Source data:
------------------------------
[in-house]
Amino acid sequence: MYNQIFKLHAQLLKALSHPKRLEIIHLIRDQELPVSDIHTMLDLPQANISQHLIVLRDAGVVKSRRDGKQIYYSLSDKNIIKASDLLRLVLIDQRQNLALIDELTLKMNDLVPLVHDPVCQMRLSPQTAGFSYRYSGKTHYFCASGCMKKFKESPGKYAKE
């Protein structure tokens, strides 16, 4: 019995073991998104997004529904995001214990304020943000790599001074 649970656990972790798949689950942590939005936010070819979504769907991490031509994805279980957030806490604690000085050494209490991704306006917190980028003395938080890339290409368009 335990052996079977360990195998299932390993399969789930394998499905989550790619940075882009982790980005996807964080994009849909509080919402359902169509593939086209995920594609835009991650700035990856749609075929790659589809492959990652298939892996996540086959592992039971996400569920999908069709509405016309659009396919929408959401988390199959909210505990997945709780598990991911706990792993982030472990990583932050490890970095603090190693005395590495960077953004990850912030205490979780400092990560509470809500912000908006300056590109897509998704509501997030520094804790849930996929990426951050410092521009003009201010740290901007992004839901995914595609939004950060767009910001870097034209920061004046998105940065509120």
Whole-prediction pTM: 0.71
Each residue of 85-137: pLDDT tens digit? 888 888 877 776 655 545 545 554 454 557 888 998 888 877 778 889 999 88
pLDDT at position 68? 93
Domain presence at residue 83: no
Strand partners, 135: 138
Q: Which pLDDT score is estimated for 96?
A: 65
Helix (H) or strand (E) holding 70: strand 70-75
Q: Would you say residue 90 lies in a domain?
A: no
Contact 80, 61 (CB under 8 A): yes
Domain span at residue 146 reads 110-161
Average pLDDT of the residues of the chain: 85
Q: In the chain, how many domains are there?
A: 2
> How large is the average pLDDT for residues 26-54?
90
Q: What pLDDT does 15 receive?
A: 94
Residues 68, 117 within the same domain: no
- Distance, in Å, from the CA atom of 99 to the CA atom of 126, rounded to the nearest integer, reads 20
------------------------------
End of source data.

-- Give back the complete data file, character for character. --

[in-house]
Amino acid sequence: MYNQIFKLHAQLLKALSHPKRLEIIHLIRDQELPVSDIHTMLDLPQANISQHLIVLRDAGVVKSRRDGKQIYYSLSDKNIIKASDLLRLVLIDQRQNLALIDELTLKMNDLVPLVHDPVCQMRLSPQTAGFSYRYSGKTHYFCASGCMKKFKESPGKYAKE
């Protein structure tokens, strides 16, 4: 019995073991998104997004529904995001214990304020943000790599001074 649970656990972790798949689950942590939005936010070819979504769907991490031509994805279980957030806490604690000085050494209490991704306006917190980028003395938080890339290409368009 335990052996079977360990195998299932390993399969789930394998499905989550790619940075882009982790980005996807964080994009849909509080919402359902169509593939086209995920594609835009991650700035990856749609075929790659589809492959990652298939892996996540086959592992039971996400569920999908069709509405016309659009396919929408959401988390199959909210505990997945709780598990991911706990792993982030472990990583932050490890970095603090190693005395590495960077953004990850912030205490979780400092990560509470809500912000908006300056590109897509998704509501997030520094804790849930996929990426951050410092521009003009201010740290901007992004839901995914595609939004950060767009910001870097034209920061004046998105940065509120």
Whole-prediction pTM: 0.71
Each residue of 85-137: pLDDT tens digit? 888 888 877 776 655 545 545 554 454 557 888 998 888 877 778 889 999 88
pLDDT at position 68? 93
Domain presence at residue 83: no
Strand partners, 135: 138
Q: Which pLDDT score is estimated for 96?
A: 65
Helix (H) or strand (E) holding 70: strand 70-75
Q: Would you say residue 90 lies in a domain?
A: no
Contact 80, 61 (CB under 8 A): yes
Domain span at residue 146 reads 110-161
Average pLDDT of the residues of the chain: 85
Q: In the chain, how many domains are there?
A: 2
> How large is the average pLDDT for residues 26-54?
90
Q: What pLDDT does 15 receive?
A: 94
Residues 68, 117 within the same domain: no
- Distance, in Å, from the CA atom of 99 to the CA atom of 126, rounded to the nearest integer, reads 20